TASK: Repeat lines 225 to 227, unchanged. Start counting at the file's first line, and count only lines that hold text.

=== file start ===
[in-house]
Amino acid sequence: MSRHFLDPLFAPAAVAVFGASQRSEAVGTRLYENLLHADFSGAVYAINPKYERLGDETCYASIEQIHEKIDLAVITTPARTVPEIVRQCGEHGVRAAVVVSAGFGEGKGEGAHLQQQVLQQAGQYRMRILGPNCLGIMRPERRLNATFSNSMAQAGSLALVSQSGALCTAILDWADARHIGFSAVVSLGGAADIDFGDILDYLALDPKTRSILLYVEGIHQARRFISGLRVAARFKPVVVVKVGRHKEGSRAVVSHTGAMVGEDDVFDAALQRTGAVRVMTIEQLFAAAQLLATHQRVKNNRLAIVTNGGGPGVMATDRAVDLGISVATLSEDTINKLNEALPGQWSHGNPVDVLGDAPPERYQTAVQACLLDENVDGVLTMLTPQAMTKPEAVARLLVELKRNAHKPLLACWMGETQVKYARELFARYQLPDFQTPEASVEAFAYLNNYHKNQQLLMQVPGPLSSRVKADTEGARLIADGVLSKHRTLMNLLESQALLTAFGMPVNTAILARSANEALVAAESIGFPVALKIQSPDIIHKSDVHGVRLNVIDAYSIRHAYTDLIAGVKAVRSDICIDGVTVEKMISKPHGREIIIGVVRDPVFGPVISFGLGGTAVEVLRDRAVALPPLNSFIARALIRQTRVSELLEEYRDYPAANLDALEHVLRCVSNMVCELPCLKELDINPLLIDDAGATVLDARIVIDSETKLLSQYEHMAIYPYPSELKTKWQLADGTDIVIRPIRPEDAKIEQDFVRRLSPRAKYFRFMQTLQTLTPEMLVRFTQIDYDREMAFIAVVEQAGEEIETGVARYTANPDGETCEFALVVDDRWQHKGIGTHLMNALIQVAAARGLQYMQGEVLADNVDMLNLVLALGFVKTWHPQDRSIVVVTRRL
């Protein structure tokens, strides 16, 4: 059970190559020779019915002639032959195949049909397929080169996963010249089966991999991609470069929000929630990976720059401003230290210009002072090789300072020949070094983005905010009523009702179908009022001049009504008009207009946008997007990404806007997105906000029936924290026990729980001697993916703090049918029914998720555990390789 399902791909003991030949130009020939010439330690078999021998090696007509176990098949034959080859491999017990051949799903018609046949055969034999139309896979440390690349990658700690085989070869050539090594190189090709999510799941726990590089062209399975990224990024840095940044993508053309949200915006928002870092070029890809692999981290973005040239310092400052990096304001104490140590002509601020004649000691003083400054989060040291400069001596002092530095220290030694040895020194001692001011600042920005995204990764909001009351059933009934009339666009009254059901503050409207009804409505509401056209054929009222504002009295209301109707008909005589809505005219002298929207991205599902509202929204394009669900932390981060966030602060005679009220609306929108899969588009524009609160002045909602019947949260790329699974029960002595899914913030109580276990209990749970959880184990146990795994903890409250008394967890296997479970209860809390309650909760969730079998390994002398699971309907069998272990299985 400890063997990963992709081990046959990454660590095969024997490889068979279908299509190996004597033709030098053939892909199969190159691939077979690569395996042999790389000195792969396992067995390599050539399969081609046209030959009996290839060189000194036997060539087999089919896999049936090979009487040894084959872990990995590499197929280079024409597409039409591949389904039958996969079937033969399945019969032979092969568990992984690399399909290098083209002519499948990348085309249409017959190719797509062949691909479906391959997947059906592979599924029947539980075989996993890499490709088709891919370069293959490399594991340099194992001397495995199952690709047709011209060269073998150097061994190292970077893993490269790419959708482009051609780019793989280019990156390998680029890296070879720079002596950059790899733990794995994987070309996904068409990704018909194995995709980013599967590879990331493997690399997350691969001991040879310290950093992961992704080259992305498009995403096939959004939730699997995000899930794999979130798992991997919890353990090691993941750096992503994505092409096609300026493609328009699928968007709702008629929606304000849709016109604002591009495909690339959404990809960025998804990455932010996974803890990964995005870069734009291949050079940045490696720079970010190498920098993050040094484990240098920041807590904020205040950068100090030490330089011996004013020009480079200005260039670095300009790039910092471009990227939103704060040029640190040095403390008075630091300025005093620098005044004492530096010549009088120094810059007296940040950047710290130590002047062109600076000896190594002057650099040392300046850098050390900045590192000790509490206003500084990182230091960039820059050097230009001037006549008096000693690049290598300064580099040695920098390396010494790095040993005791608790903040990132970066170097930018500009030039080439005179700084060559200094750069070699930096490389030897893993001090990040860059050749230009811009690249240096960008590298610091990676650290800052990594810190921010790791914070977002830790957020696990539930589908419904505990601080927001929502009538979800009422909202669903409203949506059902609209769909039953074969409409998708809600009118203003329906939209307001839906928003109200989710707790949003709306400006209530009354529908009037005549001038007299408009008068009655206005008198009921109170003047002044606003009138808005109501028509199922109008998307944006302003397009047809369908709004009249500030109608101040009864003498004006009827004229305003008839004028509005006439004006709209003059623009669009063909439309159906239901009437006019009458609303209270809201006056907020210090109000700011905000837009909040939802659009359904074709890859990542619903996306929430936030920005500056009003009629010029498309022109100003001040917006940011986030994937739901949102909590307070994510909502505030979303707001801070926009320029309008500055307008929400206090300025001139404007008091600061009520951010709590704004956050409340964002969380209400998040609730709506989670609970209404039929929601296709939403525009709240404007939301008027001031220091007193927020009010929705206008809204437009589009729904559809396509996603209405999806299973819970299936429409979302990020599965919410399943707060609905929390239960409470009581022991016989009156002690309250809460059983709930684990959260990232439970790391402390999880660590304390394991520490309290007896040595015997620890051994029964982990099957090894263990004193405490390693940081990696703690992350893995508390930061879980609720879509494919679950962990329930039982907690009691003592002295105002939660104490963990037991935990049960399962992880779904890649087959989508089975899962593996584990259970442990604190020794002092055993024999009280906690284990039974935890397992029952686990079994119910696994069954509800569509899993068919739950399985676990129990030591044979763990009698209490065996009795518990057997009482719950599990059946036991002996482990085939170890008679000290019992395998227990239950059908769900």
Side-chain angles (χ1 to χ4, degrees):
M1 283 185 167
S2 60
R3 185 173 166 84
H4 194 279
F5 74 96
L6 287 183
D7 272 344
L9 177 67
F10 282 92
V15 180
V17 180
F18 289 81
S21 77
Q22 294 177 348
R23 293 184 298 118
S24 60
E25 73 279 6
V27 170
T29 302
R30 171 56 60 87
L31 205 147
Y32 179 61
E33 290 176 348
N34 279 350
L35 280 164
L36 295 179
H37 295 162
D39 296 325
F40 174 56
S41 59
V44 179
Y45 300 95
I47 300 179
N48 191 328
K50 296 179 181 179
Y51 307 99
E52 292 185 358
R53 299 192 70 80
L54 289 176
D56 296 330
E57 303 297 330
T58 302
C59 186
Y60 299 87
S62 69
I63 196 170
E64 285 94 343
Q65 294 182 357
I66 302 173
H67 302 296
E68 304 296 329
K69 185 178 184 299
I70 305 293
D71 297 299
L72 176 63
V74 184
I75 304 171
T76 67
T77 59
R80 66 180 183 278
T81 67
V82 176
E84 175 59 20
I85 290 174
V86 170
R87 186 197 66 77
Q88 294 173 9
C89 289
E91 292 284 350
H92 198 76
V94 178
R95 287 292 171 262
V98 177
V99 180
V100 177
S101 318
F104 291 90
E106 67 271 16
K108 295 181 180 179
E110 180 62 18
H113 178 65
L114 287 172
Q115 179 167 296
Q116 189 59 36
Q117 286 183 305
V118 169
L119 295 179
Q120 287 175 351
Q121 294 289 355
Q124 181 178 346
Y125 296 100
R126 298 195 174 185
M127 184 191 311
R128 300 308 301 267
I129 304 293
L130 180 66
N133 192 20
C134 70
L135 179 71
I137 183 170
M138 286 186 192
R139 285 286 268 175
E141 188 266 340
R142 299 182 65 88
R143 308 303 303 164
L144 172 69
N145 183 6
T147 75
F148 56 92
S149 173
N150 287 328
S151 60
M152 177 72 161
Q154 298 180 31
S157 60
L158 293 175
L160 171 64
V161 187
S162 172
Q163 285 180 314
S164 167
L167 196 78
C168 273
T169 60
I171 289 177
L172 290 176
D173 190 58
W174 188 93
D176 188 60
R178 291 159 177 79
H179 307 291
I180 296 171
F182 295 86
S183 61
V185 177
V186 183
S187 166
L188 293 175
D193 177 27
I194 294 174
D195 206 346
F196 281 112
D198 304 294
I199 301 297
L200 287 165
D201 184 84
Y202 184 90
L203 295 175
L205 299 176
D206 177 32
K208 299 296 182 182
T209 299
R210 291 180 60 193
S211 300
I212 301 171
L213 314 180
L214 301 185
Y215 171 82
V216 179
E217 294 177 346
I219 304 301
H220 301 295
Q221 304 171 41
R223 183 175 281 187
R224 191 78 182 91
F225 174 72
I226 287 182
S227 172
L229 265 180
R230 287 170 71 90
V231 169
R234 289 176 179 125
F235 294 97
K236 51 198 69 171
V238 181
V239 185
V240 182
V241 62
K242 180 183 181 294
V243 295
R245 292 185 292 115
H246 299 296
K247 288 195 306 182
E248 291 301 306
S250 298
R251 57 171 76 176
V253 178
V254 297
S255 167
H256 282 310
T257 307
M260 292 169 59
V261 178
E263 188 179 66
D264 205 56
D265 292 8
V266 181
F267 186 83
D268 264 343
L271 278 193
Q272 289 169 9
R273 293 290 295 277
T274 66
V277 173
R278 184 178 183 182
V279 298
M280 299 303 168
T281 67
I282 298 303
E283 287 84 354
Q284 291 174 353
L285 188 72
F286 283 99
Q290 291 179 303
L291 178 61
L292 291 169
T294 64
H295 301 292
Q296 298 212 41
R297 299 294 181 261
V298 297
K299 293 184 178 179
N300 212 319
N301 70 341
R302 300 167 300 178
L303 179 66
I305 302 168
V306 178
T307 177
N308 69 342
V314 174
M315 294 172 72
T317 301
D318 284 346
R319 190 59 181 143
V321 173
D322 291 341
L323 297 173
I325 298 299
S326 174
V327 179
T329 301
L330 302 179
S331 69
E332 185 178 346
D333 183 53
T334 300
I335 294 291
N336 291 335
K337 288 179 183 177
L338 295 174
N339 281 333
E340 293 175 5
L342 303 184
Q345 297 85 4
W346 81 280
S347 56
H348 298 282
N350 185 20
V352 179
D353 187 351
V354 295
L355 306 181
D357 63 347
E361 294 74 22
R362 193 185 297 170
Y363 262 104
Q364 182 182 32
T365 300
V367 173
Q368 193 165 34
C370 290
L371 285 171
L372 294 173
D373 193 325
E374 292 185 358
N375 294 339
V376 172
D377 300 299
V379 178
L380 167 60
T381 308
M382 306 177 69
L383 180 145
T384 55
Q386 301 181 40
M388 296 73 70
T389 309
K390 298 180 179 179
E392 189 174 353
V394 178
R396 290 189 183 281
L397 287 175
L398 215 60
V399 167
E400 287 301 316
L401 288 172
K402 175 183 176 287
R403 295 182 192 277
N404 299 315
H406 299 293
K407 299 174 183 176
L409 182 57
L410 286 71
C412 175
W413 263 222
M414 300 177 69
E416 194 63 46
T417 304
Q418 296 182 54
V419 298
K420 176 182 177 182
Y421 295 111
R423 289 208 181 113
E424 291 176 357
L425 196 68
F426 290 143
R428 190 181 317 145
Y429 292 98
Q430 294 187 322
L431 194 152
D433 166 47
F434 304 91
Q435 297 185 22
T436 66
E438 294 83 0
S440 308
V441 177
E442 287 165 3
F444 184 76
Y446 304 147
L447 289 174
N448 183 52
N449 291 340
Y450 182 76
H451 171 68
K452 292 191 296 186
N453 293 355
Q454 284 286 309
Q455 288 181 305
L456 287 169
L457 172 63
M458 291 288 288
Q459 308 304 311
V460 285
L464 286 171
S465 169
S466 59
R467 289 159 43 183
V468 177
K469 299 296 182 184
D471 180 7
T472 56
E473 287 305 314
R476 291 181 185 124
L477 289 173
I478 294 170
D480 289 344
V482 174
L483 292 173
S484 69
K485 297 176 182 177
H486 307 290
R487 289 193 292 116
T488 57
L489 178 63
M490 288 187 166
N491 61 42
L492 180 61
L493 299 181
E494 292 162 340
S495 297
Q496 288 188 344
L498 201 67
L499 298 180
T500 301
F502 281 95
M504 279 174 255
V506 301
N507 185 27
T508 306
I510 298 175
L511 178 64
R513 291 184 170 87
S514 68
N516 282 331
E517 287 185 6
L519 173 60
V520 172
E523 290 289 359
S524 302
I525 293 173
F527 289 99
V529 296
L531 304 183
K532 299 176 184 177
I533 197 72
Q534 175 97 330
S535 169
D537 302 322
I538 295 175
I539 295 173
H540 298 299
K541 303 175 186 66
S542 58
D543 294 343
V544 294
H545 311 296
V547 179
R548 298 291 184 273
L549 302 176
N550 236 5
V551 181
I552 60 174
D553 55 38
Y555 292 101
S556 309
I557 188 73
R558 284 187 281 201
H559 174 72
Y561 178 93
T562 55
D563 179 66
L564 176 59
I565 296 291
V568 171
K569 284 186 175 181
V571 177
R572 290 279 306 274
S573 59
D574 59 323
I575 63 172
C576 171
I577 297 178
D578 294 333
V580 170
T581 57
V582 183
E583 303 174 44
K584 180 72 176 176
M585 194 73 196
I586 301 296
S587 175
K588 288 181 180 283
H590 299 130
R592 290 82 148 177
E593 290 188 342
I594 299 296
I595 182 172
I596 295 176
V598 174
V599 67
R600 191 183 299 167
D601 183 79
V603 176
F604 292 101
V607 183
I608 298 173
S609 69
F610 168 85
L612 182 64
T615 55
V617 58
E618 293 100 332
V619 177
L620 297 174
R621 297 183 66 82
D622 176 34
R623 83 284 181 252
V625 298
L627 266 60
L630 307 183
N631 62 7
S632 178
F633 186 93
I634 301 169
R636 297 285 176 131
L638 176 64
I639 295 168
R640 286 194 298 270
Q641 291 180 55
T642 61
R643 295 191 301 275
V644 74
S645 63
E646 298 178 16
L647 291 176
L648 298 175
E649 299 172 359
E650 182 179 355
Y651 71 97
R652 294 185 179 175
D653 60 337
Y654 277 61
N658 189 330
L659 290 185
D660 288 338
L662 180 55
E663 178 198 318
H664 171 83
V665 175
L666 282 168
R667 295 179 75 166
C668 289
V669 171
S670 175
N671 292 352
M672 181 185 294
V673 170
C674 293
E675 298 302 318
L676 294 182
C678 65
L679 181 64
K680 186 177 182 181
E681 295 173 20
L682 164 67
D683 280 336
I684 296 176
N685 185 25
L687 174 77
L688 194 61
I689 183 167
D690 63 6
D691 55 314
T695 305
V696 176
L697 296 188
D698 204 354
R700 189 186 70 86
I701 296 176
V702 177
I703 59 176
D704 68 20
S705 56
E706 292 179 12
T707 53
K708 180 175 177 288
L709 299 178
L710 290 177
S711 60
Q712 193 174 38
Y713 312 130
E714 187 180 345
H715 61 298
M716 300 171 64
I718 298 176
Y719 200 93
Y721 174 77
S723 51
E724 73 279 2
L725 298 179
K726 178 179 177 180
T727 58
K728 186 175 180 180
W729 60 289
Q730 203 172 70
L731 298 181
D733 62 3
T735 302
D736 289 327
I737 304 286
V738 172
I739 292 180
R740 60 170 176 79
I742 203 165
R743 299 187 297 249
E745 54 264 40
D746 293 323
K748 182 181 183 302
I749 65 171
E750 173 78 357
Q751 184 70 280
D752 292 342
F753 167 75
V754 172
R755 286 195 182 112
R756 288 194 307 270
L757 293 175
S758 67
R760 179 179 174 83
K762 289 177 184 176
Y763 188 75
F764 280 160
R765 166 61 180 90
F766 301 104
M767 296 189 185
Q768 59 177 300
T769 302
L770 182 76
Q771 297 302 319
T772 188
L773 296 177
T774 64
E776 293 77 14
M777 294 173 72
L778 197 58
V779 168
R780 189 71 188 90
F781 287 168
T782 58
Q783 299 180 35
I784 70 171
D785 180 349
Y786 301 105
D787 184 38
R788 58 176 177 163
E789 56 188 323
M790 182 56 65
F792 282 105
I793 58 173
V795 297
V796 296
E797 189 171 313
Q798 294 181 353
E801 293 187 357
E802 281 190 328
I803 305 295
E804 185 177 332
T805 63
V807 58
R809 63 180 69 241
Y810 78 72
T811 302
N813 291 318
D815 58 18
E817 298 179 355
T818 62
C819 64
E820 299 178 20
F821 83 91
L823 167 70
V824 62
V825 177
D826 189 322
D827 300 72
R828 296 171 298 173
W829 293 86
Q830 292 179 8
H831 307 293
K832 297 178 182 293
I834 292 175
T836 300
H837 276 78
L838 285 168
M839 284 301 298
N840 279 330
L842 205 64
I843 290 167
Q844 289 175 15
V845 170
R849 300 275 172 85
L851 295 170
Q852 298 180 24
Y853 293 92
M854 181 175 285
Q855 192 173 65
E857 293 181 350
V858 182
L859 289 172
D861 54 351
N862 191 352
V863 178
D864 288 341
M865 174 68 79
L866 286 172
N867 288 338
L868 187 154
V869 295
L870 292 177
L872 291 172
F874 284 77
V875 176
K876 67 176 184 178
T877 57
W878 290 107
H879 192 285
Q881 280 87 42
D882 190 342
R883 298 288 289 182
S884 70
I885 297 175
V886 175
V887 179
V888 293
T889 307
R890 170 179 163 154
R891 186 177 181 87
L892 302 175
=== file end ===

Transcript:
V298 297
K299 293 184 178 179
N300 212 319